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Snakes in Movies
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All Movie Snakes
Must Die!
All Movie Snakes
Want to Kill You!
Dancing With Snakes
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for Comedy
Snakes Used for
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Snakes Used
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Kinds of Snakes
Black Mambas
Boas, Pythons,
and Anacondas

Snakes in Jungles
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Snakes In
Snakes in
Asian Movies
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Spielberg Movies
Snakes in Movies
Alligator (1980)
Spoiler Alert !

Some of these pictures and descriptions may give away plot details that you might not want to know before watching the film.
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Snakes in Movies Snakes in Movies Snakes in Movies

This is a monster movie in the style of Jaws - nature runs amok and all that, except that in this case the animal is an alligator that was was flushed down the toilet as a baby and then grew to giant size due to chemical pollution. (I discuss the alligator parts of the movie here.) There's also a romance between two people the likes of which have rarely been seen in a movie - David, an honest cop and a beautiful woman herpetologist named Marisa. Unknown to Marisa, the giant sewer alligator is her pet alligator named Ramon that her father flushed down the toilet 12 years earlier. Marisa has grown up to be an alligator expert (Robin Riker) who wrote a book about crocodilians, and works as a herpetologist for the city. (Because Chicago needs a full-time herpetologist?) Men like to call her the Snake Lady or the Lizard Lady.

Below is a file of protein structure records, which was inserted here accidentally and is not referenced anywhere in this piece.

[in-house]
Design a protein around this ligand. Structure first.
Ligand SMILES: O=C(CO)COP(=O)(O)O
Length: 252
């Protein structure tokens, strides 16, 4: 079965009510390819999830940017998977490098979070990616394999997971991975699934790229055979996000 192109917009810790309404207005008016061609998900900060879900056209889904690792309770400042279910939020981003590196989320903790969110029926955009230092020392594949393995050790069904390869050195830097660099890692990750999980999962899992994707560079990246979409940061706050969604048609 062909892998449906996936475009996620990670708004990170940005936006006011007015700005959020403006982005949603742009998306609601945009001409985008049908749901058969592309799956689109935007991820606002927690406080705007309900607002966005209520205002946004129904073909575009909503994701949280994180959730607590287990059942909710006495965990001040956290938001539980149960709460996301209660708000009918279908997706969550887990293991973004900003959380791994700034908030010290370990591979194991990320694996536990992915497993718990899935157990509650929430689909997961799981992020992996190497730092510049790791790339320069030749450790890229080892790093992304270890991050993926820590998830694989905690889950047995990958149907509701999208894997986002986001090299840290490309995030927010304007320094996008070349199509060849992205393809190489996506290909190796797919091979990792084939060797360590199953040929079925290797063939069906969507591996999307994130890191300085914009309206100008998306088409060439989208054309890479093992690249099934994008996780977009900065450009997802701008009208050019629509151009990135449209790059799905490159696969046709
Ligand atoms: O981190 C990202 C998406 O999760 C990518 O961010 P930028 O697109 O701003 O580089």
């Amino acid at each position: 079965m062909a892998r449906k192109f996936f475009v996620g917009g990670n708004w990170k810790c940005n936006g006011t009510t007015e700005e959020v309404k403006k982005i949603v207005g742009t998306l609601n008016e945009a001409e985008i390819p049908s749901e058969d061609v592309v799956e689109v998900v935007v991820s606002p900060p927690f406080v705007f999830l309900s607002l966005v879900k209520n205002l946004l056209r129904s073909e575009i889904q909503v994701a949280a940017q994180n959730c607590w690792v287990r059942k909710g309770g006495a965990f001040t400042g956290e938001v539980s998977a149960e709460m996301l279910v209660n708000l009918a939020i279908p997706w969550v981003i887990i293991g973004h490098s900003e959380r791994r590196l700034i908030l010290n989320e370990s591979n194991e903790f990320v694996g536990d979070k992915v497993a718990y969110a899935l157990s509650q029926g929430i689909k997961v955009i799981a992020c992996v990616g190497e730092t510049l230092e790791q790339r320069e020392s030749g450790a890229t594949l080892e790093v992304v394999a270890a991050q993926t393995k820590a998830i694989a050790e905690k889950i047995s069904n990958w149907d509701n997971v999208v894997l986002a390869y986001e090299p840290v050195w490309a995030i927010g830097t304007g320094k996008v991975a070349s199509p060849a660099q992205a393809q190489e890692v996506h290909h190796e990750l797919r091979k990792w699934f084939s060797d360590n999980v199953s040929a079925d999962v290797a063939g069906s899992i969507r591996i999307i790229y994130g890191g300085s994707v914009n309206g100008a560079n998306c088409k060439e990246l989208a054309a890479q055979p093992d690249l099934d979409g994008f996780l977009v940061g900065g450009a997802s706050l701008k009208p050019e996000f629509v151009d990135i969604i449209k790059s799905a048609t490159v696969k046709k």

In the rattlesnake scene, David has seen a giant alligator alive in the sewer so he goes to talk to Marisa, the herpetologist and alligator expert. When we first see her, she is in her lab milking a rattlesnake of its venom (because that's what all city herpetologists do every day, right?) She doesn't believe David either, telling him that it's impossible for an alligator to grow so large. But after Ramon eats a sleazy journalist who managed to get some pictures of the gator before he became lunch, everybody sees that the monster alligator is for real. Marisa accompanies David as he searches for Ramon and eventually we see them in bed together. (They probably don't live happily after, though, because movie cops are incapable of any kind of fidelity except to their job and their neighborhood bartender.)

We see a rattlesnake that looks like a Red-diamond Rattlesnake in a hand with manicured fingernails so we will think that it's a woman's hand, but it could also be a man's hand. Then we see Marisa holding a snake that is not a rattlesnake, but a gophersnake, as she walks by a glass terrarium that contains a second rattlesnake. In a nice touch of continuity, her fingernails are the same color as those holding the rattlesnake. Then she puts the gophersnake into a glass terrarium. I don't blame them for switching snakes. You can't ask an actor to handle a venomous snake. The difference between the snakes is very obvious, but I suspect most of the audience didn't notice.